Caryll Houselander (1901-1954) was a British mystic and writer who wore a pair of big round tortoiseshell glasses, lived in London during the Blitz, and until she died at 53 from breast cancer, apparently barely slept or ate. A friend observed: “She used to cover her face with some abominable chalky-white substance which gave it quite often the tragic look one associates with clowns and great comedians.”

“Caryll Houselander: That Divine Eccentric,” Maisie Ward’s fine biography, charts Houselander’s difficult childhood, her reversion to the Church in 1925, and her unrequited love for a British spy who would be the model for Ian Fleming’s “James Bond.” She had an eclectic circle of friends and was utterly devoted to Christ. She never married.

Houselander suffered greatly during her own life: from poverty, from frail health, from neuroses. She had a lifelong and especially deep and tender bond with traumatized children, and loved teaching them how to draw, paint, and carve small animals out of wood.

She became a prolific and popular spiritual writer. Her most well-known works include “The Reed of God” (1944), “A Rocking-Horse Catholic” (1955), and “The Risen Christ” (1959).

She wrote another book, lesser-known and especially apropos for Lent: “Guilt” (1951).

“The most striking characteristic of the age in which we are living is psychological suffering,” she begins. “I have named this ego-neurosis. Ego-neurosis is a disease of the soul, a spiritual rather than a psychological ailment.”

Usually such people, Houselander continues, “suffer consciously merely from a vague and persistent unhappiness, an inexplicable sense of guilt about everything they do or don’t do, a shrinking from effort, especially mental effort, a certain sense of frustration and a hidden stirring of shame because they feel inadequate before life — they suffer continually from embarrassment … and always from anxiety in some form or other.”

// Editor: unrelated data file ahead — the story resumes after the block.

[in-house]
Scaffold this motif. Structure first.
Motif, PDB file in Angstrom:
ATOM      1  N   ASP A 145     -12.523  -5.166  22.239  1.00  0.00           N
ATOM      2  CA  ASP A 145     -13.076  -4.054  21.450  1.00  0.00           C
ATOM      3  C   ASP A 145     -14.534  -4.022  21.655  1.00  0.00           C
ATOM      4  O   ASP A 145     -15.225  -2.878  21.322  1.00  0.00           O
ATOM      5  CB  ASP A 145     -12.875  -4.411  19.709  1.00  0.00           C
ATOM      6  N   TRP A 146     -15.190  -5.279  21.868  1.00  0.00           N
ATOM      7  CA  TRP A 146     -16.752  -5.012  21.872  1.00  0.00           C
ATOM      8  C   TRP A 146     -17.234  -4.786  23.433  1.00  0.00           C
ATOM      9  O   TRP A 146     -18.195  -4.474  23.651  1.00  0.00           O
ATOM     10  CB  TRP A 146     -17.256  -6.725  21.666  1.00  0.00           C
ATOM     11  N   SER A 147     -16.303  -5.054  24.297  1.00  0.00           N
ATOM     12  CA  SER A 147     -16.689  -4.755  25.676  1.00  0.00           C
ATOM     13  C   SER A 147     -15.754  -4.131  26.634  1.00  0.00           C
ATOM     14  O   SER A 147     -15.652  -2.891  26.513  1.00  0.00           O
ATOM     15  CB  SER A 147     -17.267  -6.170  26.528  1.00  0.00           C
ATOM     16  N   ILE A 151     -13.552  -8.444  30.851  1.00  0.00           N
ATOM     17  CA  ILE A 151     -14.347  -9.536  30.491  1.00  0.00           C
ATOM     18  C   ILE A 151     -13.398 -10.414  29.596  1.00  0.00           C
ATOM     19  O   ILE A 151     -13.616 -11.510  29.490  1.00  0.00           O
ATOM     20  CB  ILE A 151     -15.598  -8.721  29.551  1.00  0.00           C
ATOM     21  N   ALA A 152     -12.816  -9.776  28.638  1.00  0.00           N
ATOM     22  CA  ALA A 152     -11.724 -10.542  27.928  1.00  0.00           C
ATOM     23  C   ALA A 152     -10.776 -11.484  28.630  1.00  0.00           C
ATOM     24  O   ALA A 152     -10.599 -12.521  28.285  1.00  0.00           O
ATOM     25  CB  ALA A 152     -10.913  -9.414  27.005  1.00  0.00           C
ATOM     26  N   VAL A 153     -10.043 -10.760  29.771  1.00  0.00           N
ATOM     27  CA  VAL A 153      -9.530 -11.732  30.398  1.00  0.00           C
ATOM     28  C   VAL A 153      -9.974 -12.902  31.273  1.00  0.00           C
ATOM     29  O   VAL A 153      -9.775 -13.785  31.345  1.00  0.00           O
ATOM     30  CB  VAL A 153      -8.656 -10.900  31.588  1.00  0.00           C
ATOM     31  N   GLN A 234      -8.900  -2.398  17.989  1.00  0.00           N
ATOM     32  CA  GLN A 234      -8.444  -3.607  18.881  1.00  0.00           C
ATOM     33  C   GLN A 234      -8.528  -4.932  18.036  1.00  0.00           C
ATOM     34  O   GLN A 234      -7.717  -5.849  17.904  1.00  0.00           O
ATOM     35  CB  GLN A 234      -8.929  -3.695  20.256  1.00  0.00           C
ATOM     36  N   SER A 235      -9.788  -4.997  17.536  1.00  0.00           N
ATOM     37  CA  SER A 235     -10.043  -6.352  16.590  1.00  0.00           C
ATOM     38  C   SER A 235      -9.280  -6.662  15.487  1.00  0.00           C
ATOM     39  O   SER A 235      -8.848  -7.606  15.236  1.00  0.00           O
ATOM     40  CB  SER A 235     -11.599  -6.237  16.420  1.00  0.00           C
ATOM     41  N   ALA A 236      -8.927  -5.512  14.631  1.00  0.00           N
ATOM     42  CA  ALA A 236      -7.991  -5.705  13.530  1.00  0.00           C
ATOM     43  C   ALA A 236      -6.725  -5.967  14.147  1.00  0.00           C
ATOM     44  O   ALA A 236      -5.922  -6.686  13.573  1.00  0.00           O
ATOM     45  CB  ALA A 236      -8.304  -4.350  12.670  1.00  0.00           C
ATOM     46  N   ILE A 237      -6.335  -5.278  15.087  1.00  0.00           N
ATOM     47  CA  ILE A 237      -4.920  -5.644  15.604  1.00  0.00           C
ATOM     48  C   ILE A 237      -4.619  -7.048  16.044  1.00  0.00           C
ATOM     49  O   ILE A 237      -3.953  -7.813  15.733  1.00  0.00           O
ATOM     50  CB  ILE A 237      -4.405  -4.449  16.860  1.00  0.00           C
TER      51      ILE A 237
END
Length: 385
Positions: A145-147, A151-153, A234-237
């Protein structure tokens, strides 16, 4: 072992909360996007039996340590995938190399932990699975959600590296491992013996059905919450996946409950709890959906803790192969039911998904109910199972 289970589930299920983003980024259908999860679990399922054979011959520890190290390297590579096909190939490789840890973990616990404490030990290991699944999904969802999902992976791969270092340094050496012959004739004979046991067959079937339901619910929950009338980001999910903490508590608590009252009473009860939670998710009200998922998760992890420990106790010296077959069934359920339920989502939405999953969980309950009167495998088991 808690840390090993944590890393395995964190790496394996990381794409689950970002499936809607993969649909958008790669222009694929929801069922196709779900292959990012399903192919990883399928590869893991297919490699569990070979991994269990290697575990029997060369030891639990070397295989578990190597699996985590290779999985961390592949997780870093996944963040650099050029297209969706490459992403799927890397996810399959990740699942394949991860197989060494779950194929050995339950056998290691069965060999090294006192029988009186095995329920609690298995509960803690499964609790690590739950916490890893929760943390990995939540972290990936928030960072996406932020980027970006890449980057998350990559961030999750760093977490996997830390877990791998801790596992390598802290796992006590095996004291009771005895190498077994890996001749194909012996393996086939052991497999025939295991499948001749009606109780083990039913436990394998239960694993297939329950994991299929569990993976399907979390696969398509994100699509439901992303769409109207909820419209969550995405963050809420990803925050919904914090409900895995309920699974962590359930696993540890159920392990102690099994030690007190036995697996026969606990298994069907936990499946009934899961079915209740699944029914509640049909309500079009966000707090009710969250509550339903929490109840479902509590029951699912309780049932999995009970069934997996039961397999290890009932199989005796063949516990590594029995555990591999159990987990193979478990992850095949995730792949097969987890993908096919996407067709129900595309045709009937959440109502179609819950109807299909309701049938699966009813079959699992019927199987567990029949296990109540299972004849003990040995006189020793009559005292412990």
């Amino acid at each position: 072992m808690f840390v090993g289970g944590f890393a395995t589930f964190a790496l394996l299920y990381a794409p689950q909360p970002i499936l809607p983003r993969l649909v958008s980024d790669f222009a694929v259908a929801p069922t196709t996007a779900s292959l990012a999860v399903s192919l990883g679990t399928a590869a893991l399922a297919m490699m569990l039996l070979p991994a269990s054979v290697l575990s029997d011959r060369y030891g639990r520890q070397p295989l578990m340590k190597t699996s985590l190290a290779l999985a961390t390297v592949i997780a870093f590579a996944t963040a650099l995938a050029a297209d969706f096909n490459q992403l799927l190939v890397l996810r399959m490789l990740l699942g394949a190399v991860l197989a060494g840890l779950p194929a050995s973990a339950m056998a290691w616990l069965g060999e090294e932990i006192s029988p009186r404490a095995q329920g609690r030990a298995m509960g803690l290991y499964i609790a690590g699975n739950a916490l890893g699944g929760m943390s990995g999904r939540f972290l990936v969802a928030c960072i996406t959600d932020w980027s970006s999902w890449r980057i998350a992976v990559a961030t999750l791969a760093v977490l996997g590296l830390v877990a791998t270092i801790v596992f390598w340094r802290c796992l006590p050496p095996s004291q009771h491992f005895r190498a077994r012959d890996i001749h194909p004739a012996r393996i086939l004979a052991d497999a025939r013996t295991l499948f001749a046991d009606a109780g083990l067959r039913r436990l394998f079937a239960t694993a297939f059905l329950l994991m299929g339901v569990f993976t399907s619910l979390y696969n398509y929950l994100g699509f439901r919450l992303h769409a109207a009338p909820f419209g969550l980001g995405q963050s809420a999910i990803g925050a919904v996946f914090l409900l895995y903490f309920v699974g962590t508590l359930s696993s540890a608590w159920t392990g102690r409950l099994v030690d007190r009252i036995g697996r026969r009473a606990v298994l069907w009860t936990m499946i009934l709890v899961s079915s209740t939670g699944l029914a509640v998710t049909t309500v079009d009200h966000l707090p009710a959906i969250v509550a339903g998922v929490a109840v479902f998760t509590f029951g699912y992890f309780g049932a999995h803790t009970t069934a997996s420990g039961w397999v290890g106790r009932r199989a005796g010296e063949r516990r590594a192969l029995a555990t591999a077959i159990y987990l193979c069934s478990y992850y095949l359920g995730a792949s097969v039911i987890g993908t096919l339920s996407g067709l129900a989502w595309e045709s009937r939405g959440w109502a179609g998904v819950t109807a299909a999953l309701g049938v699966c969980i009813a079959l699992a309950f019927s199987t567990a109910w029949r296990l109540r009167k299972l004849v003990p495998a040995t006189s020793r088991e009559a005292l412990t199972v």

“That’s ego-neurosis?” was my reaction. I thought everyone felt that way!


All kidding aside, Houselander goes on to discuss the existential guilt arising from our fallen nature, our shared responsibility for the suffering of the world, and the strange phenomenon of people who feel neurotically guilty for trifles while totally overlooking huge sins of commission or omission for which they really should feel guilty: lack of charity, for example, or a tendency toward pathological lying, or murder.

The book contains passages on the mental suffering, among others, of serial killer Peter Kürten (“The Monster of Düsseldorf”), Hans Christian Andersen, the French poet Arthur Rimbaud, and St. Thérèse of Lisieux.

Speaking of guilt, The Times Literary Supplement recently ran a piece by Regina Reni, Canada research chair in philosophy of moral and social cognition at York University in Toronto, called “Libelling the dead?: Anne Frank’s informer and ethics.”

Turns out that researchers purport to have found the man who ratted out the hiding place of Anne Frank and her family to the Nazis. The evidence, though fairly strong, is circumstantial. His name was publicly released.

So Reni poses the question to her ethics class: If the supposed informer — long dead — was innocent, has a moral wrong been done to him?

The students “tend to split into camps who find the other’s view bizarre. Some say it is obvious that your life can be made worse by undiscovered calumnies. Others think it’s just as obvious that what you don’t know can’t hurt you. … It’s an elemental question about the worth of human life: are we ultimately only the sum of our experiences, or do we extend tendrils of value into our unmonitored relationships?”

“[T]he latter view … implies we go on, in some sense, even after death. So long as we are remembered there is still something of us in the world, something our loved ones can honour and tend — not out of duty to the historical record but out of duty to us. Perhaps ‘gone but not forgotten’ means not yet truly gone.”

We Catholics would agree completely. We can still do good on earth when we are “gone.” Harm can still be done to us when we are gone.

And our actions here on Earth follow us into eternity.

In the end, says Houselander, guilt is in the roots of our being, “compelling us to lifelong conflict within ourselves. … Our human nature, inherited from [Adam], is fallen human nature, therefore suffering human nature. … We share with all other human creatures … the obligation to shoulder our share of the burden consequent upon it, and as individual sinners we have an obligation to wrestle unceasingly with ourselves.”

Trying to flee our guilt through false religions, addictions, and various forms of self-punishment avail us nothing.

Is there no way out? Is there no remedy for this crushing, unavoidable burden?

Yes, concludes Houselander: repentance and the sacrament of penance.

“In that stuffy, dark little box we call the confessional, every one of the ceaseless drift of human beings of every kind and description who kneel uncomfortably, listening to the whispered words of absolution, is one with God.”